Under the theme of the “The Era of Marie Antoinette Rediscovered” the Opera Lafayette New York Festival redraws three French Baroque operas in a Tejano, Caribbean and West African context at El Museo del Barrio in “El Barrio” East Harlem, Tue-Thu, Jun 7-9, 2022 at 7pm. operalafayette.org 🇫🇷🇬🇳🇲🇽🇵🇷
Opera Lafayette New York Festival Relates Historical Women to the Music of Their Times
Opera Lafayette is beginning a multi-year series that relates historical women of 18th century France to the music of their times. The 1st Opera Lafayette New York Festival reconsiders music from the time of Marie Antoinette (1755-93), last queen of France before the French Revolution (1789-99) ended French royalty.
We no longer think Marie Antoinette said, “Let them eat cake,” but the expression captures her point of view very well.
Opera Lafayette Silvain is a favorite opera of Marie Antoinette, set in Colonial Mexico, at El Museo del Barrio in East Harlem on Tue, June 7 at 7pm. From $30. operalafayette.org 🇫🇷🇵🇷🇲🇽
The opera is directed by Mexican filmmaker Tania Hernandez Velasco and stars Puerto Rican soprano Camille Ortiz.
“Silvain” was the first opera performed in New Orleans in 1796. The story honors the rights of peasants to use land owned by nobles. Opera Lafayette recasts the story in Colonial Tejas, a state stolen from Mexico that is now Texas. In some ways, things haven’t changed much.
The Musical Salon of Marie Antoinette & Gala
Opera Lafayette Le Salon de Musique de Marie Antoinette brings German, Caribbean and West African music typical of the French queen’s salon to El Museo del Barrio in East Harlem on Wed, June 8 at 7pm. From $30. operalafayette.org 🇬🇳🇫🇷
The performance is followed by a Gala dinner at the Colony Club honoring Emily K. Rafferty, President Emerita of The Metropolitan Museum of Art. From $750. operalafayette.org 🇫🇷
Concert Spirituel aux Caraibes
Opera Lafayette Concert Spirituel aux Caraibes presents spiritual music of the French Caribbean at El Museo del Barrio in East Harlem on Thu, June 9 at 7pm. From $30. operalafayette.org 🇫🇷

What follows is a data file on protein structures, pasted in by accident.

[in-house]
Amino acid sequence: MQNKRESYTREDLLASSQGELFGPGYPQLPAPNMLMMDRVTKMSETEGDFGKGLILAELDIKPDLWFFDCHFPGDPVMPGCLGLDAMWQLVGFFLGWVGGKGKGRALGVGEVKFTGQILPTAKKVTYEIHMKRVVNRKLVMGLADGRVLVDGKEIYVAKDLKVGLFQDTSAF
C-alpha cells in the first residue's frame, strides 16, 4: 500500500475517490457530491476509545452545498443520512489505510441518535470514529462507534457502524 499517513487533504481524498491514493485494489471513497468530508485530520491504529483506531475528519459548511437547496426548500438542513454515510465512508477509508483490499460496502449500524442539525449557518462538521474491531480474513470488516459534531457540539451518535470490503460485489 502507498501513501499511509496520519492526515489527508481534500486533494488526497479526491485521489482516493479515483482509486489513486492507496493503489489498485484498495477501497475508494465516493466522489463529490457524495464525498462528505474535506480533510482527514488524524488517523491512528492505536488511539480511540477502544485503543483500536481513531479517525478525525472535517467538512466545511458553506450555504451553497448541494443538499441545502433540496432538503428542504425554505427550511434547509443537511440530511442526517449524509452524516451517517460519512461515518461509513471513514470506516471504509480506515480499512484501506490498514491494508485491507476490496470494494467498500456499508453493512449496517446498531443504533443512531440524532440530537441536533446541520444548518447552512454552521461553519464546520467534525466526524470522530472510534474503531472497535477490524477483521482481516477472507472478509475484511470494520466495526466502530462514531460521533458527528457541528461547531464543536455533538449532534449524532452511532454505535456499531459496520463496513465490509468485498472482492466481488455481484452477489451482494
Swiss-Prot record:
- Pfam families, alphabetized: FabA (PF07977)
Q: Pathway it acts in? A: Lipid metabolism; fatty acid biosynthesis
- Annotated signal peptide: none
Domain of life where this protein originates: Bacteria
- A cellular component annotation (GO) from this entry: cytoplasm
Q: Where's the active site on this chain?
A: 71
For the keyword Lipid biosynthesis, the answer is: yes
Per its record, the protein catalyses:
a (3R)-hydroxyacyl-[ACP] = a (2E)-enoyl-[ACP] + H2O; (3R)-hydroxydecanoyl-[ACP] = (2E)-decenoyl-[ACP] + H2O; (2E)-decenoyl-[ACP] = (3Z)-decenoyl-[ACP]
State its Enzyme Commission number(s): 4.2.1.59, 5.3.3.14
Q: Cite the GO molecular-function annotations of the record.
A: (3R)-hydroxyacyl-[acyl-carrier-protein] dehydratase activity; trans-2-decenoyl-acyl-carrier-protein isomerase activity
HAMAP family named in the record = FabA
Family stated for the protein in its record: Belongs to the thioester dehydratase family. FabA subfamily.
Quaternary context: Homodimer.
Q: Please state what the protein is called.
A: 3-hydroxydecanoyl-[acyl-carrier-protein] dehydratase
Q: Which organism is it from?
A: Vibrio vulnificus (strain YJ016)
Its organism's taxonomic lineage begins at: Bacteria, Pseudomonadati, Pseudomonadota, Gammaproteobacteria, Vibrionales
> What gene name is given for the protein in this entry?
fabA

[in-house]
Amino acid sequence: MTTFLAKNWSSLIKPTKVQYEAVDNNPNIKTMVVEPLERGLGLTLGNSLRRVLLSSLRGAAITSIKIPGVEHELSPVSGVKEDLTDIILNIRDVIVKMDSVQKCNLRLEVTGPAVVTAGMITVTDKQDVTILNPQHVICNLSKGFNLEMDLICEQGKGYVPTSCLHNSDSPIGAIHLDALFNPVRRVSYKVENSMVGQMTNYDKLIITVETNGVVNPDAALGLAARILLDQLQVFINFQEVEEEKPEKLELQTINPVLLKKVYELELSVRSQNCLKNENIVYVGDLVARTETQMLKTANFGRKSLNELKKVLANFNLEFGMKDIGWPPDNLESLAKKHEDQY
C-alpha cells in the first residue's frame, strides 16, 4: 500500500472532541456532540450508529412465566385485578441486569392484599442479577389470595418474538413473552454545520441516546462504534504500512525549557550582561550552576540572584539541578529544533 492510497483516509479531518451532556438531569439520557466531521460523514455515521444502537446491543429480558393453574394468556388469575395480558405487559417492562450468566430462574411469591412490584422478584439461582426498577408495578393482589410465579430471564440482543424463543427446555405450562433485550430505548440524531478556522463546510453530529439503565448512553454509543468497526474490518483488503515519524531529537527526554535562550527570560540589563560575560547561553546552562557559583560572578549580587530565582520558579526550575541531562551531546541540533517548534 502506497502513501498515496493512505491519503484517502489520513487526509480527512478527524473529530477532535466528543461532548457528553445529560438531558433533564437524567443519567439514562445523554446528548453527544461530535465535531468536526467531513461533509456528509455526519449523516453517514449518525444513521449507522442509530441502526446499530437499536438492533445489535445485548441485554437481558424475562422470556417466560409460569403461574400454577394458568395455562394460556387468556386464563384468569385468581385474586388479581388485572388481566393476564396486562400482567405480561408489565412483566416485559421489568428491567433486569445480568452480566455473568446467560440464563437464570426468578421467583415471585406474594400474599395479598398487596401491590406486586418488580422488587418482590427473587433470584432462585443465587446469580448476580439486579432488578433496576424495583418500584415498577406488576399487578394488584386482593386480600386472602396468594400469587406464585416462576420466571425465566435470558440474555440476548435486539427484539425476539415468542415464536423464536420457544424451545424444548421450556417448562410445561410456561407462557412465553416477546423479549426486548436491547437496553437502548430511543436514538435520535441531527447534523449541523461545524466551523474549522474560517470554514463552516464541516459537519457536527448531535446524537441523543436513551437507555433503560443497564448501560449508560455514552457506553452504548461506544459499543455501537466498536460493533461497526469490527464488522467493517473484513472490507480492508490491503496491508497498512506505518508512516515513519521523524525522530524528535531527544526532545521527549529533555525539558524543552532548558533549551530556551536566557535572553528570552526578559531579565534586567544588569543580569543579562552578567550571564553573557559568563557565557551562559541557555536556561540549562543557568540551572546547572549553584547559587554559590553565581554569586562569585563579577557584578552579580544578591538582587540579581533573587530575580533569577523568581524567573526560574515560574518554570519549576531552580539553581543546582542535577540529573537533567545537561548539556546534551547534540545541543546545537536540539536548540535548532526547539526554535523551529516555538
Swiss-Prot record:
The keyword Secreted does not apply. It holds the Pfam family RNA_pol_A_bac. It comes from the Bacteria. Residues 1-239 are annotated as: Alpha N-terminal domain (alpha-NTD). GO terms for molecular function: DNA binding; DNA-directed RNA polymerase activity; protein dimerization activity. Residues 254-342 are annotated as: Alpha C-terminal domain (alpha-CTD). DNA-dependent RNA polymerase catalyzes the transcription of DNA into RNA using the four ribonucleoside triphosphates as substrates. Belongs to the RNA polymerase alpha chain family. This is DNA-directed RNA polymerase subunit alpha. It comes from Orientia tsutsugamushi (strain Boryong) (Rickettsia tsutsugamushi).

We Can’t Change the Past, But We Can Change How We Relate to It
Opera Lafayette reinterprets European opera of the 17th-19th centuries in a contemporary American context. That’s important because the music is beautiful, but the colonial context of racism, misogyny, and violence is unsupportable. It’s a problem with very old culture and even a lot of recent culture because most people don’t think the same way today that we did even three years ago.
Lafayette’s focus is on French opera. That’s a special challenge because the French national motto, “Liberté, égalité, fraternité” often applies to elites only. What the French did to Haitians and other colonized peoples is the exact opposite of the motto.
Haiti was the richest land in the Caribbean. France sucked the life out of both the land and the people. The Haitian people are still paying a horrific price for all those beautiful old buildings and estates in and around Paris.
France also tried to colonize Mexico in order to join the U.S. Civil War on the side of the confederate traitors. Cinco de Mayo actually celebrates the defeat in the Battle of Puebla (1862) that blocked the French for a season. If the people of Pueblo weren’t so valiant, we might be a very different country today.
The past is the past, but we have a lot of rewriting to do. Evil only has power when it is hidden in the shadows. We can’t create a better future without accepting both the good and the bad of our shared histories.
We can’t change the past, but we can change how we relate to it. Opera Lafayette presents our shared history in an entirely new light. Bravo!